If you are unable to spot the nova from your backyard, check out the video below from space.com; it shows live footage of the nova taken from the Canary Islands last night.
This is a time-lapse taken from 10 am through 9pm on August 13 and results in a 10,000 frame video of still pictures with one picture taken every 3 seconds. This video that was originally 5 1/2 minutes long but now squeezed to make this video 1 1/2 minutes.
Shot from the window of my office at LASM.
Right now, Earth is entering the debris field of comet Swift-Tuttle. What does this mean? Perseid Meteor Shower is upon us! It takes Earth about two weeks to pass through the field of dust, rock, and metal left behind from the comet. These bits, also known as meteors, fall into Earth’s atmosphere and burn up, leaving streaks of light in what appears to be the northern sky. The meteors appear to radiate from the constellation Perseus. It is not essential to know where Perseus is; just look north. In the middle of the two weeks it takes Earth to pass through the debris (this year August 12th and 13th) is the peak of the shower. The best time to see the meteors is after midnight, this year the Moon will be in the Waxing Crescent Phase, and will set in the early evening. Therefore, the sky will be extra dark, making it perfect for photography. The peak is still about a few days away, but that gives you time to practice your meteor photographing skills in anticipation for the big night.
Not all astrophotography is difficult, especially in the age of digital cameras. You can accomplish good results with most digital cameras and a tripod. My two weapons of choice are a Canon 7D with a 180 degree fisheye lens, for capturing pictures that we can use in the planetarium, and of course my Sony Nex-5 (if you’re in the market for a new camera, Sony makes a whole family of Nex cameras at a variety of prices). Small point and shoot cameras can work too! Many of these little cameras come with some if not all of the necessary manual controls.
For the meteor shower I will set up both cameras. Below you can see how the two kinds of pictures look different. The circular “dome master” picture from the 7D projects onto the planetarium dome, while the rectangular picture from the Nex-5 is for printing or viewing on a computer screen.
So here’s what to do. I’d recommend experimenting in your back yard or somewhere with little light from nearby houses first (with long exposure images, you’ll be surprised how much human-made light will show up in your photos). While we hope for totally clear skies, a few stray clouds here and there can make for some interesting additions to your photos. Especially when doing long exposure shots……
1. Point your camera north towards the meteors, and switch it to the manual mode.
2. Higher ISOs make the camera more sensitive to light (better for dark conditions). Some digital cameras let you go to ISOs up in the thousands, but don’t get too carried away. These high ISO values can result in noisy images. I usually set ISO between 800 and 1600 for taking pictures of the night sky.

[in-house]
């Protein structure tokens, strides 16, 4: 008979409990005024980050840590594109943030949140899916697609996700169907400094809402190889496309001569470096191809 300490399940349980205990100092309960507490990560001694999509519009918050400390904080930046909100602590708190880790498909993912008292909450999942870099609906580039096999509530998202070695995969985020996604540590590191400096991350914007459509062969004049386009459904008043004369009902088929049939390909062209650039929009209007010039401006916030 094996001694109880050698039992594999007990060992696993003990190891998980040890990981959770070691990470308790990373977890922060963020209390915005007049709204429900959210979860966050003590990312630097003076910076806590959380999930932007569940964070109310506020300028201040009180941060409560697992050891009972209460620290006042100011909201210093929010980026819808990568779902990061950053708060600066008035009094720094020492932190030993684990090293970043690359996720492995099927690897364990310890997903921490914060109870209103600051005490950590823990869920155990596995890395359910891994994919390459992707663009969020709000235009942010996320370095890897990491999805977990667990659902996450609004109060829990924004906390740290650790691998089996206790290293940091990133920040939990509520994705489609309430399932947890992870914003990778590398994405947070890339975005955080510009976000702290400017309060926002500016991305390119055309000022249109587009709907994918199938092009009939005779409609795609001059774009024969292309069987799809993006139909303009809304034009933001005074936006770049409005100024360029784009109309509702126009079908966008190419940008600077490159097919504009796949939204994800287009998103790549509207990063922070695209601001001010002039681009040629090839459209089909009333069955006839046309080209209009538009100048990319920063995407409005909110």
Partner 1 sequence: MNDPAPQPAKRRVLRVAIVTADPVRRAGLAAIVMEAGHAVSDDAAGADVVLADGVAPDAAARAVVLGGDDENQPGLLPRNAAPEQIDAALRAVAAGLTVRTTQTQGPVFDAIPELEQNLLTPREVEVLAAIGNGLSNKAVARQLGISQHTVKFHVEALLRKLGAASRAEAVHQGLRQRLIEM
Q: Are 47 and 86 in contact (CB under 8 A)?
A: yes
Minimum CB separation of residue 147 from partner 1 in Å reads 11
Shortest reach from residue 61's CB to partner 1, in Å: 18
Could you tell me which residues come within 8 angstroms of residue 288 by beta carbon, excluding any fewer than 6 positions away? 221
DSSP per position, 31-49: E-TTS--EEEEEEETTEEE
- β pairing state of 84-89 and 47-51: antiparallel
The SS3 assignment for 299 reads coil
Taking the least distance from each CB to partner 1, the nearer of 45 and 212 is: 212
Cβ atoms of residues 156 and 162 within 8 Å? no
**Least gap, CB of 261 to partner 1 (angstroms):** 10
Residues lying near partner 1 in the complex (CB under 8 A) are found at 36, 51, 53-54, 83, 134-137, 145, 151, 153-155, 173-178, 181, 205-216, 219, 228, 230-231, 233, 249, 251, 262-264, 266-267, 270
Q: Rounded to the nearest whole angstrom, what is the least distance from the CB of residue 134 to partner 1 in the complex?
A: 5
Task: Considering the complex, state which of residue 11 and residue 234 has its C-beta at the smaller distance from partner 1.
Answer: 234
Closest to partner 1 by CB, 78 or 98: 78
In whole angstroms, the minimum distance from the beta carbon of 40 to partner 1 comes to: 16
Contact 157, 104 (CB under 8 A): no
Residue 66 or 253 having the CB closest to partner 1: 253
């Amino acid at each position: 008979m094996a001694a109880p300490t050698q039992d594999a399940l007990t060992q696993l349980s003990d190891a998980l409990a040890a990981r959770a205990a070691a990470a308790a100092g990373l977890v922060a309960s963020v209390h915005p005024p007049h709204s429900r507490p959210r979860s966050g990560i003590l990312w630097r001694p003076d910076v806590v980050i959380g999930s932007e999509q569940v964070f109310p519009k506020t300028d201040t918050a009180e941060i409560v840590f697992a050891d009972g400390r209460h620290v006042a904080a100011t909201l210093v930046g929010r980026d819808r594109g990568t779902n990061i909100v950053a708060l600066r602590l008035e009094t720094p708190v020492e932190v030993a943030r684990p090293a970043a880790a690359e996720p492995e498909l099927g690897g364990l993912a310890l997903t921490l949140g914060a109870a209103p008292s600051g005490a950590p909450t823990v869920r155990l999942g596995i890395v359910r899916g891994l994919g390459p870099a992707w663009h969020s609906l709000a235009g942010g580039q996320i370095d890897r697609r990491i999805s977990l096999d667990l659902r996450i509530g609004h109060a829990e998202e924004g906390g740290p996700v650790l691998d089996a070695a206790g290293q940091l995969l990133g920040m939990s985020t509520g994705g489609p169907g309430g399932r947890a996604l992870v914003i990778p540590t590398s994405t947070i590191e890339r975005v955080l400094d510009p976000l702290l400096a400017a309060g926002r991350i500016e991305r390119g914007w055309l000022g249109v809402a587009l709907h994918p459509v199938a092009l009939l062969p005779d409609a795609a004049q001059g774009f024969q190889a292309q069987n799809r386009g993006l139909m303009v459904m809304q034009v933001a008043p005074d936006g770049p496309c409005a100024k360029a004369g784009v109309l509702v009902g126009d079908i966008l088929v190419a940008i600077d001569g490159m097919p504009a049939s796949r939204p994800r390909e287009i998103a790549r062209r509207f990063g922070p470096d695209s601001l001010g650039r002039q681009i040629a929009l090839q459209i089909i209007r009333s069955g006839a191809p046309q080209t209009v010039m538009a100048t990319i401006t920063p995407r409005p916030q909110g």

3. Many digital cameras allow you to adjust your shutter speed. In order to pick up starlight, you need to have a minimum of about 3 seconds of the shutter open. Yes, you read correctly. For everyday photography shutter speeds are hundredths or thousandths of a second. For nighttime shots that shutter needs to stay open for a while to collect as much light as possible. Also, make sure that your f/stop (how wide the aperture is open) is as wide as it can go. The wider the aperture the smaller the f/stop number (f/2 f/4 f/5.6), and the more light enters the lens.
4. Some cameras have a setting called “bulb”, which allows you to leave the shutter open for as long as you want! It closes when you press the picture button again. If you have this setting, experiment with this too. Remember, the Earth is rotating; the stars appear to slowly rise in the east and set in the west. By using the bulb setting and leaving your shutter open for about 10 minutes or so, you will begin to see “star trails” showing up in your picture.
So the longer you leave your shutter open, the longer your “star trails” will become. Also, you will get more meteors in your picture. Check out these cool pictures taken by someone else.
5. So, perhaps we can crank up the ISO and the shutter speed and we’ll get awesome pics, right? Not exactly. Exposure for too long paired with ISO that is too high results in a noisy image. The black parts of your image will have tiny dots of blue, green, and red. This happens when the light sensor in your camera heats up. So there is a trade off…
To capture less light over a longer period of time, try longer exposures of 10 min + , bring the ISO to 800 or less. If you want to capture more light over a short period of time, try higher ISO 800+, bring the shutter speed down under 10 min. If your camera is older, try an ISO threshold of 400 + or -.
6. I will leave you with one last tip. Keep that camera as still as possible! If you don’t have a tripod, you can prop your camera up on a table or even on the ground. When pressing the picture button, be very careful not to knock the camera. If you use the bulb function you will have to press the picture button again to close the shutter and finish the picture. It is most essential that you are careful at this point. Disturbing the camera will blur your image.
In summary. All cameras take slightly different pictures, experiment and see what results you get with your set up. The more you experiment with different settings and combinations the more you will understand how your manual functions work. It’s a learning experience. Have fun!
During the year Curiosity drove just over one mile. The map shows where Curiosity has been and how far it traveled each day since landing at Bradbury Landing last August 6th. On August 1, 2013 the odometer reading was 1.05 miles at the end of Martian day 351.
Next Tuesday is the 1 year anniversary of Curiosity’s landing on Mars. Curiosity will celebrate the day by continuing to drive slowly toward Mt. Sharp. Mt. Sharp is a little over 3 miles high and is in the center of Gale Crater. It began the 5 mile journey to the foot hills of Mt. Sharp on July 7 and should arrive in 9 months to a year. So far Curiosity’s farthest distance traveled in one day was on July 21 when it went 100.3 m.
The distance traveled yesterday was 85.14 m. NASA had hoped it would travel at least 110m per day. Maybe by next Tuesday Curiosity will break another record but with a top speed over flat hard ground of just .09 mph that might be asking a little too much.
- ROVER CAM: Time-Lapse Video Shows Off Curiosity’s First Year on Mars [VIDEO] (designntrend.com)
- News From Mars: Curiosity and Opportunity On the Move (storiesbywilliams.com)